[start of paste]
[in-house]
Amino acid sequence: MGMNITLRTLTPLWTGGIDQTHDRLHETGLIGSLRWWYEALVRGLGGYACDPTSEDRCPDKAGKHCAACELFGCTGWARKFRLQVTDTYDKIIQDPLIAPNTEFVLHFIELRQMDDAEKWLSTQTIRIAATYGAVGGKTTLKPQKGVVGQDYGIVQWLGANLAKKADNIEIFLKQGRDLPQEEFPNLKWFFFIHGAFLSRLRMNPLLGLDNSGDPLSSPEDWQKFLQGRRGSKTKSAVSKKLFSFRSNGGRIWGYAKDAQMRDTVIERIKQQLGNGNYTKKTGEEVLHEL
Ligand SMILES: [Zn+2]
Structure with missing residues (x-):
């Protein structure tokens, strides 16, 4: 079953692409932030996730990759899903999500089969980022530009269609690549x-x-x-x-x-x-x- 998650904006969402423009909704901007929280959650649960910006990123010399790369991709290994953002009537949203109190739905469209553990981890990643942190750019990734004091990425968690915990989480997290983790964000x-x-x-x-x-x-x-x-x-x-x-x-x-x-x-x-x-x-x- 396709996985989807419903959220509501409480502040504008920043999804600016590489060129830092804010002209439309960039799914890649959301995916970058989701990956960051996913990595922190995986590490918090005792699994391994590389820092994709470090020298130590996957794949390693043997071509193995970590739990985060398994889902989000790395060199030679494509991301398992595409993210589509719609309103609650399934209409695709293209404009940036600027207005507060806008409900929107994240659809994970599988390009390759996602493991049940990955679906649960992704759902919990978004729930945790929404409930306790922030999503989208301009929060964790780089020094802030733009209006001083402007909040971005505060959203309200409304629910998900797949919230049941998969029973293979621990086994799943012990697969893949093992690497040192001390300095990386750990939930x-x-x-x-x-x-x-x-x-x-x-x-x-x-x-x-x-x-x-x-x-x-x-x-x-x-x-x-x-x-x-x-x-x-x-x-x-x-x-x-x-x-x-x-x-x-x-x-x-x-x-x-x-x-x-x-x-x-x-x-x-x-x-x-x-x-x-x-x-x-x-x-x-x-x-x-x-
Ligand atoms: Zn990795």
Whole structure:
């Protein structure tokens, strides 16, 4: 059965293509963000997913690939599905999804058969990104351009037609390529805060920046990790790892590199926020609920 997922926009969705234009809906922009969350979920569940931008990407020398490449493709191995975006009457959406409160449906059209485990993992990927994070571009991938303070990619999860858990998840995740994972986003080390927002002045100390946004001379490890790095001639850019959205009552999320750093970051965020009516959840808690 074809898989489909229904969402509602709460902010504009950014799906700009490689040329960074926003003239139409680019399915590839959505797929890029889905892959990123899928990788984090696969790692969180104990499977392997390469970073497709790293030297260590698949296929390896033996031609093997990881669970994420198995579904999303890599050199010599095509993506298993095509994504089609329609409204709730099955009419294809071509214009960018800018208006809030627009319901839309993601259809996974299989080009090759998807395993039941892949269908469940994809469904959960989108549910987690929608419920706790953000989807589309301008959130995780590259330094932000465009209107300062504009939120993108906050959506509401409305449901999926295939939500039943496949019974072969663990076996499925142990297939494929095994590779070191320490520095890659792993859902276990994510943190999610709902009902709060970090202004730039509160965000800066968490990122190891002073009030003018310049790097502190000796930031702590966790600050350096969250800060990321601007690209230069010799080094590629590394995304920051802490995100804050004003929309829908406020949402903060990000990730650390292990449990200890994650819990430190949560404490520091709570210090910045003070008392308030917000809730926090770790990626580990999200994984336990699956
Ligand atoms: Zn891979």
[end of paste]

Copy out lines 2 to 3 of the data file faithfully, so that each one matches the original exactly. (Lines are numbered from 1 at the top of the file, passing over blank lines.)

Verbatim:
Amino acid sequence: MGMNITLRTLTPLWTGGIDQTHDRLHETGLIGSLRWWYEALVRGLGGYACDPTSEDRCPDKAGKHCAACELFGCTGWARKFRLQVTDTYDKIIQDPLIAPNTEFVLHFIELRQMDDAEKWLSTQTIRIAATYGAVGGKTTLKPQKGVVGQDYGIVQWLGANLAKKADNIEIFLKQGRDLPQEEFPNLKWFFFIHGAFLSRLRMNPLLGLDNSGDPLSSPEDWQKFLQGRRGSKTKSAVSKKLFSFRSNGGRIWGYAKDAQMRDTVIERIKQQLGNGNYTKKTGEEVLHEL
Ligand SMILES: [Zn+2]